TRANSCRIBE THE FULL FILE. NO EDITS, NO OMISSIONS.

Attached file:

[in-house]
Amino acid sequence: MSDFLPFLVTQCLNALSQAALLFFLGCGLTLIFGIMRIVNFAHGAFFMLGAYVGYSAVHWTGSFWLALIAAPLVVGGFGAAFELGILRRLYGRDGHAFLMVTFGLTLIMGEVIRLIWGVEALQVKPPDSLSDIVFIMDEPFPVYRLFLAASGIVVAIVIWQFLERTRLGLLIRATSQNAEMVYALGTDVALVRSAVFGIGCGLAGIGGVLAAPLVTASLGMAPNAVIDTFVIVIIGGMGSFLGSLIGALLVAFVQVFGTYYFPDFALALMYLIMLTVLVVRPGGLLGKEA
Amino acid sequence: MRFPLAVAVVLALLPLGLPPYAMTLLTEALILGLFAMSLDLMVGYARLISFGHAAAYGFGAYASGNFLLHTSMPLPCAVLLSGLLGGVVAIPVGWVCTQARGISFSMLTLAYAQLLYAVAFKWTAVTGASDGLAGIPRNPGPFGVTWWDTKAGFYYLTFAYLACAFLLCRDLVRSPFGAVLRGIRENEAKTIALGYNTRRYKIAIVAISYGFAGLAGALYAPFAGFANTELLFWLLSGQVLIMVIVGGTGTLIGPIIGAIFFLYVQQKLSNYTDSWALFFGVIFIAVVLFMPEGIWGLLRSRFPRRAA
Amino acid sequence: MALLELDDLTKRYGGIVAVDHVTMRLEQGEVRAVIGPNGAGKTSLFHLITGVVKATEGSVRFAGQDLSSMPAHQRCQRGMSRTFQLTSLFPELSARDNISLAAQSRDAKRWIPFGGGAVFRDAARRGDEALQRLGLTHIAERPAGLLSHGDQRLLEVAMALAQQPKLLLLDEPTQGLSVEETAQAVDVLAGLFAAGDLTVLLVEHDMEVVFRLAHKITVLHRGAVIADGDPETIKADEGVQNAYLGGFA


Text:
[in-house]
Amino acid sequence: MSDFLPFLVTQCLNALSQAALLFFLGCGLTLIFGIMRIVNFAHGAFFMLGAYVGYSAVHWTGSFWLALIAAPLVVGGFGAAFELGILRRLYGRDGHAFLMVTFGLTLIMGEVIRLIWGVEALQVKPPDSLSDIVFIMDEPFPVYRLFLAASGIVVAIVIWQFLERTRLGLLIRATSQNAEMVYALGTDVALVRSAVFGIGCGLAGIGGVLAAPLVTASLGMAPNAVIDTFVIVIIGGMGSFLGSLIGALLVAFVQVFGTYYFPDFALALMYLIMLTVLVVRPGGLLGKEA
Amino acid sequence: MRFPLAVAVVLALLPLGLPPYAMTLLTEALILGLFAMSLDLMVGYARLISFGHAAAYGFGAYASGNFLLHTSMPLPCAVLLSGLLGGVVAIPVGWVCTQARGISFSMLTLAYAQLLYAVAFKWTAVTGASDGLAGIPRNPGPFGVTWWDTKAGFYYLTFAYLACAFLLCRDLVRSPFGAVLRGIRENEAKTIALGYNTRRYKIAIVAISYGFAGLAGALYAPFAGFANTELLFWLLSGQVLIMVIVGGTGTLIGPIIGAIFFLYVQQKLSNYTDSWALFFGVIFIAVVLFMPEGIWGLLRSRFPRRAA
Amino acid sequence: MALLELDDLTKRYGGIVAVDHVTMRLEQGEVRAVIGPNGAGKTSLFHLITGVVKATEGSVRFAGQDLSSMPAHQRCQRGMSRTFQLTSLFPELSARDNISLAAQSRDAKRWIPFGGGAVFRDAARRGDEALQRLGLTHIAERPAGLLSHGDQRLLEVAMALAQQPKLLLLDEPTQGLSVEETAQAVDVLAGLFAAGDLTVLLVEHDMEVVFRLAHKITVLHRGAVIADGDPETIKADEGVQNAYLGGFA